2013: A year in review

Finished:

  • I am Half-Sick of Shadows, by Alan Bradley
  • Bridget Jones’s Diary, by Helen Fielding
  • Cinder, by Marissa Meyer
  • Scarlet, by Marissa Meyer
  • The Fault in Our Stars, by John Green
  • Tinker, Tailor, Soldier, Spy, by John Le Carré
  • Anna Karenina, by Leo Tolstoy
  • The Bookseller of Kabul, by Åsne Seierstad
  • The Defining Decade, by Meg Jay
  • After Visiting Friends, by Michael Hainey
  • Neverwhere, by Neil Gaiman
  • Game of Thrones, by George R. R. Martin
  • A Clash of Kings, by George R. R. Martin
  • Half the Sky, by Nicholas Kristof and Sheryl WuDunn
  • 1776, by David McCullough
  • Avatar: The Last Airbender – The Promise, Part 1, by by Gene Luen Yang
  • Avatar: The Last Airbender – The Promise, Part 2, by Gene Luen Yang
  • Avatar: The Last Airbender – The Promise, Part 3, by Gene Luen Yang
  • Avatar: The Last Airbender – The Search, Part 1, by Gene Luen Yang
  • Avatar: The Last Airbender – The Search, Part 2, by Gene Luen Yang
  • Eleanor & Park, by Rainbow Rowell
  • American Born Chinese, by Gene Luen Yang
  • Boxers, by Gene Luen Yang
  • Saints, by Gene Luen Yang
  • Batman: The Dark Knight Returns by Frank Miller
  • Batman: Year One, by Frank Miller
  • Anya’s Ghost, by Vera Brosgol
  • The Angel’s Game, by Carlos Ruiz Zafón
  • A Storm of Swords, by George R. R. Martin
  • Scott Pilgrim’s Precious Little Life, by Bryan Lee O’Malley
  • Avatar: The Last Airbender – The Search, Part 3, by Gene Luen Yang
  • If You Bite & Devour One Another, by Alexander Strauch
  • Nothing Can Possibly Go Wrong, by Prudence Shen
  • Journey of Heroes : the Story of the 100th Infantry Battalion and 442nd Regimental Combat Team, by Stacey T. Hayashi
  • John Adams, by David McCullough

Abandoned:

  • The Jungle, by Upton Sinclair

Still reading:

  • Walkable City, by Jeff Speck
  • Meditations on First Philosophy, by René Descartes
  • Batman: The Court of Owls, by Scott Snyder
  • Wonder Woman, Vol. 1: Blood, by Brian Azzarello

I’m feeling extra nostalgic tonight. I finished John Adams yesterday with a rather heavy sigh—because this awesome man whom I’ve gotten to know over the span of some 600 detailed pages has died; because this book which I’ve slowly read over the course of a year and a half is finally, reluctantly, done—and tonight I’m getting ready for my upcoming holiday travels. I’m also thinking ahead to New Year’s Eve, of the excitement it brings for the coming new year, as well as the sadness that always comes with saying farewell. Needless to say, many feels are being had tonight.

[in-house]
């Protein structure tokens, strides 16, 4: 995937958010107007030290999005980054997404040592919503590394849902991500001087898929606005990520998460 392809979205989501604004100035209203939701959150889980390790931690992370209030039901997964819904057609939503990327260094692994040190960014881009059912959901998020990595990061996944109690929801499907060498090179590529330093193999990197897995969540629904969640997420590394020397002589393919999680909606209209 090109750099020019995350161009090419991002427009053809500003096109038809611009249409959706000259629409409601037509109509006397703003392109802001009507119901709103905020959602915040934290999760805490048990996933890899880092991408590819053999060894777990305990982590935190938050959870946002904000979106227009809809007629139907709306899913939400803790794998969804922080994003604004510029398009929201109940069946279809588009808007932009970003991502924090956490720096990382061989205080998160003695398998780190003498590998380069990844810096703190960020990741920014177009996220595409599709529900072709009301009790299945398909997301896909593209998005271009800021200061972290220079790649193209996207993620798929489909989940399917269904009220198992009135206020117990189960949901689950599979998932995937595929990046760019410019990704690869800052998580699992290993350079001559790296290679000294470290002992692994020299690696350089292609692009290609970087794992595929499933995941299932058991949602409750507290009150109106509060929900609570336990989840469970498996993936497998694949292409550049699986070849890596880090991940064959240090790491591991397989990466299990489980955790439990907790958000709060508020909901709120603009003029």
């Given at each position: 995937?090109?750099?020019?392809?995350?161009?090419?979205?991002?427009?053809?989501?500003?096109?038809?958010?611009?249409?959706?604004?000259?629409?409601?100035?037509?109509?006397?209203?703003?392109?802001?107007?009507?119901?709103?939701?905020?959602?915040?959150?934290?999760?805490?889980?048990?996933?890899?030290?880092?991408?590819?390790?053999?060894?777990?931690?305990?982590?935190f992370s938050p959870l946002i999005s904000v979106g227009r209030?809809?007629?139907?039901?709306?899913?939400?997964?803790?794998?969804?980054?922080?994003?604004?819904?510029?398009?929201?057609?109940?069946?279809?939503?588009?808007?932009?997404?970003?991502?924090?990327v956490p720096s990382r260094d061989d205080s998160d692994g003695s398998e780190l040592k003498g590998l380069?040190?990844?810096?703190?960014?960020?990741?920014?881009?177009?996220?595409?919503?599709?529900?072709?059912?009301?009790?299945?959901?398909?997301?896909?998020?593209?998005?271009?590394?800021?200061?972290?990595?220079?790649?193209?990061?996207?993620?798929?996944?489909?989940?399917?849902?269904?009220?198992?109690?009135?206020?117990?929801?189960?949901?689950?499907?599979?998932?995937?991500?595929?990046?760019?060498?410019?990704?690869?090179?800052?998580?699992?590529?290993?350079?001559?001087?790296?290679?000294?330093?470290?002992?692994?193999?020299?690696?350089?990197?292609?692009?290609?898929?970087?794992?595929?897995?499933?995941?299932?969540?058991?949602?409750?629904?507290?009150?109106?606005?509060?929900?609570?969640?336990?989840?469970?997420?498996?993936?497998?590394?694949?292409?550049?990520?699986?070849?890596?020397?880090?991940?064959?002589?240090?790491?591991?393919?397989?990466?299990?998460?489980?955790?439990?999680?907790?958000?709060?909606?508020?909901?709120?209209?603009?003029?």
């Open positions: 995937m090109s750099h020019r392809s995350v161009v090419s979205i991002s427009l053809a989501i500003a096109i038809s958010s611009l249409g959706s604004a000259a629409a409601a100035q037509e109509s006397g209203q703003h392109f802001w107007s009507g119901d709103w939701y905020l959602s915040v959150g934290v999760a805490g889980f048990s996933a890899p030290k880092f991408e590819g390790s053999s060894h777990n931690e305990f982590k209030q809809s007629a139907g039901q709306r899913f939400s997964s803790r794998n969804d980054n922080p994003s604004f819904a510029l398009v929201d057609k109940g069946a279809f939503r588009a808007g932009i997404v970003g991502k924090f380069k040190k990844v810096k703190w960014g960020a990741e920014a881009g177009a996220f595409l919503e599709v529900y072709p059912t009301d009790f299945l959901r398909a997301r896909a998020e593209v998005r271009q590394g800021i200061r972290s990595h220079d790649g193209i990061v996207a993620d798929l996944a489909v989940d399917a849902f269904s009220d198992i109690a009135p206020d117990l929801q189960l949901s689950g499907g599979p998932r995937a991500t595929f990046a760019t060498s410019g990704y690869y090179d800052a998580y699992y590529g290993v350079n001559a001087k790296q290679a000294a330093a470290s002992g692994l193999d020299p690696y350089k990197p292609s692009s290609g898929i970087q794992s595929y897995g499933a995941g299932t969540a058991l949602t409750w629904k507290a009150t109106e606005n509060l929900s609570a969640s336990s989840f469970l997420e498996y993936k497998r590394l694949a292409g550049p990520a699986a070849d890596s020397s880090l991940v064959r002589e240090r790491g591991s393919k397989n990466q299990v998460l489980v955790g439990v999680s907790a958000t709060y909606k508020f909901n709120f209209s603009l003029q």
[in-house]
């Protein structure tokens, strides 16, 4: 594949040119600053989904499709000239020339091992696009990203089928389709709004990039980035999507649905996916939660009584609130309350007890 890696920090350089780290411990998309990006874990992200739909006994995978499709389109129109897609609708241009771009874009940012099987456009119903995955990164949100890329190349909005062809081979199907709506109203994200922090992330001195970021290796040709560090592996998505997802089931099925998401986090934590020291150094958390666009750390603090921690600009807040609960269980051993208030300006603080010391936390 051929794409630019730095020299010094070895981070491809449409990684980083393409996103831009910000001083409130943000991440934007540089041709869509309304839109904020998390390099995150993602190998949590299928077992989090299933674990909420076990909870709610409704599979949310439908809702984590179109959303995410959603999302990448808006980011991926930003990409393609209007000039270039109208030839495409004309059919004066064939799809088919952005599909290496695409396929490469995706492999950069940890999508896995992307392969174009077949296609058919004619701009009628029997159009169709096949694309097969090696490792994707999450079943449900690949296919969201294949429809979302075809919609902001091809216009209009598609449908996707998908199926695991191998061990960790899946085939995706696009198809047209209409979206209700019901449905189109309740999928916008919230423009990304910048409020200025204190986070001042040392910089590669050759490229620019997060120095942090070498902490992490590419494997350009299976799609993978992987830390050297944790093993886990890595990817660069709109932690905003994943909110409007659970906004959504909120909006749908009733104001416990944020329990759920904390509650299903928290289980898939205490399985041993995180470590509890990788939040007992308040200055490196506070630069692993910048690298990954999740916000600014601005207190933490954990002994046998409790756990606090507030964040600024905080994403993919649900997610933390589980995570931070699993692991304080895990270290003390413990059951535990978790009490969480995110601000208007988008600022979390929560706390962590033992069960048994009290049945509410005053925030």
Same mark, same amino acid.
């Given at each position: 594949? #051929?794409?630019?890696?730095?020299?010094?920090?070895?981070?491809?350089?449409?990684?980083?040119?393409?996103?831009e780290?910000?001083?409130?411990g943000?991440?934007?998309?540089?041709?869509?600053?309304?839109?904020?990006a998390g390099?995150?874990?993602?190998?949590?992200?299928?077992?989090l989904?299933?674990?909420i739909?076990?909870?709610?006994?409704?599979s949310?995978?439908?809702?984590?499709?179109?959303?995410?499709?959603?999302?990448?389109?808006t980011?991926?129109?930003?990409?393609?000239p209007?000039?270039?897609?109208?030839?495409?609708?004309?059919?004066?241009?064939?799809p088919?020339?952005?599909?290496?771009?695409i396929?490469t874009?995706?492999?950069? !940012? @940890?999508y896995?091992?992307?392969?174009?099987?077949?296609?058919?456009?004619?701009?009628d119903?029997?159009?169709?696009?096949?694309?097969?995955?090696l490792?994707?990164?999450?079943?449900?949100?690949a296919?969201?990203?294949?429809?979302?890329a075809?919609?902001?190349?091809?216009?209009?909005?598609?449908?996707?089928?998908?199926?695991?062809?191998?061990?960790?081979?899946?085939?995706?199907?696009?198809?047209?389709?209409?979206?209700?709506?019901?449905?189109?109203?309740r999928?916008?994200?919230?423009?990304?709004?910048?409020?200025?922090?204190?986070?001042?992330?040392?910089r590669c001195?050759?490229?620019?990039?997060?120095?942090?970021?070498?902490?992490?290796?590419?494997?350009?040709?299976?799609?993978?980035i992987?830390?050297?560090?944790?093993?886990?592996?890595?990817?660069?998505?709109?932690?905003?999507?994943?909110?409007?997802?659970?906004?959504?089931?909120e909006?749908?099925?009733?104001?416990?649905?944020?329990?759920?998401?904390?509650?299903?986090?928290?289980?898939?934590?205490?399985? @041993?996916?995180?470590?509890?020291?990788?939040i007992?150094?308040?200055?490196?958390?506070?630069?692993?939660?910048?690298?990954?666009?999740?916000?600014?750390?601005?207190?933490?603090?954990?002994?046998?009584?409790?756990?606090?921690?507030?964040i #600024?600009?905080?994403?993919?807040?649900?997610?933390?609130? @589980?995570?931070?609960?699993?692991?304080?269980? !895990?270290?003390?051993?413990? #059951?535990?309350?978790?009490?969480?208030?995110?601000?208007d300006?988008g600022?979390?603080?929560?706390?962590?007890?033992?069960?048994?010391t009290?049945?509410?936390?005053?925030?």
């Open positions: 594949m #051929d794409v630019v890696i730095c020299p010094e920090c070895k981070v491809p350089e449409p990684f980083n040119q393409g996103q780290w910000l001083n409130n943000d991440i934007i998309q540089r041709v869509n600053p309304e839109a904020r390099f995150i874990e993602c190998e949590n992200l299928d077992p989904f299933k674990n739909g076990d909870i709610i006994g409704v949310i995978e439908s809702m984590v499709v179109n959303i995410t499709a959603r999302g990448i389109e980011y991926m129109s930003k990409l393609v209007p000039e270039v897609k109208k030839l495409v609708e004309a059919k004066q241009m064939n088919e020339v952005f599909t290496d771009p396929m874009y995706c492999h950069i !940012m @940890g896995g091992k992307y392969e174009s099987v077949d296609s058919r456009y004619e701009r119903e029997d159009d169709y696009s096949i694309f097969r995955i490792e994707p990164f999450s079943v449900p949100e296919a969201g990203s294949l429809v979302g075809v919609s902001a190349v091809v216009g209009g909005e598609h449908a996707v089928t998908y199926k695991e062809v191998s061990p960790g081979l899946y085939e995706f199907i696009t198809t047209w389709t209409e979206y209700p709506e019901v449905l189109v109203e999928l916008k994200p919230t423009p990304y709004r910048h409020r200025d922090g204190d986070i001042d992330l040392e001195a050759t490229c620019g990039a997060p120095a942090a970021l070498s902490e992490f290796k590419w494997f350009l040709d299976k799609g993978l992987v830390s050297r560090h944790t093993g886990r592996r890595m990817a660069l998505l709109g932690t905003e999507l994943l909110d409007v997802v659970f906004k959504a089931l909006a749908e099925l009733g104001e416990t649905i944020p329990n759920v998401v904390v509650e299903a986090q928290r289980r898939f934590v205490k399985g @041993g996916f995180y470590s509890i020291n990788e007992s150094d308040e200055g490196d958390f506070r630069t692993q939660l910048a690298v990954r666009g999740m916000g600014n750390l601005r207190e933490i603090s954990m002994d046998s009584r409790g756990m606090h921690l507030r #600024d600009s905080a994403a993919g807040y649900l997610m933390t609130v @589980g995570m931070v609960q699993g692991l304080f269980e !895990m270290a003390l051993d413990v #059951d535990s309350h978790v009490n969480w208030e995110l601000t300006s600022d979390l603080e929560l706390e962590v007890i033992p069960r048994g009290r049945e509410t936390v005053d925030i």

And then there is this post, where I’ve put together all the books that I’ve finished, abandoned, or (sadly) am still chugging through. Looking over the titles, I have to say this year has been a strange one. There have been some heavylifting with Anna Karenina and Descartes; some delightful tromps through YA territory with The Lunar Chronicles and The Fault in Our Stars; and a very surprising yet very delightful introduction to the world of … comics. Till this year, I’ve never ever touched a single comic book in my life. Manga, yes. Saturday morning cartoon strips, yes. But never comic books. I just never had an interest for them. The artwork always put me off. (Something about the harsh colors and the gritty overall quality.) And then there was my prejudice and snobbery, which believed that comics were nothing in comparison to the profound themes, beautiful narratives, and stimulating discourses on the human condition that I found time and time again in my beloved novels and high-brow classics*. It wasn’t until I was introduced by my friend to the amazing work of Gene Luen Yang that I came to my senses softened up considerably. Yang’s work showed me that comics can be visually beautiful AND intellectually stimulating—something that Yang talks about more in his very interesting Charlotte Zolotow lecture—not to mention, FUN. And if Yang himself, whom I quickly came to respect as a creative, likes comic books then surely they can’t be all that bad. Needless to say, the rest is history. I’ve since gobbled up some Batman, the majority of the Avatar: The Last Airbender series, and even started on the new Wonder Woman comics. (Not entirely happy with what they did to Diana’s origin story, but that’s stuff for another entry.  And anyway, the artwork is pretty.) I’ve also read some contemporary original stuff, like Anya’s Ghost—loved the artwork—and Nothing Can Possibly Go Wrong—EEEEEE FAITH ERIN HICKS. Slowly getting into O’Malley’s Scott Pilgrim too. The number of comic books in my to-read list keep on growing, and I don’t have any plans of it slacking. I’d love recommendations, so please throw them my way!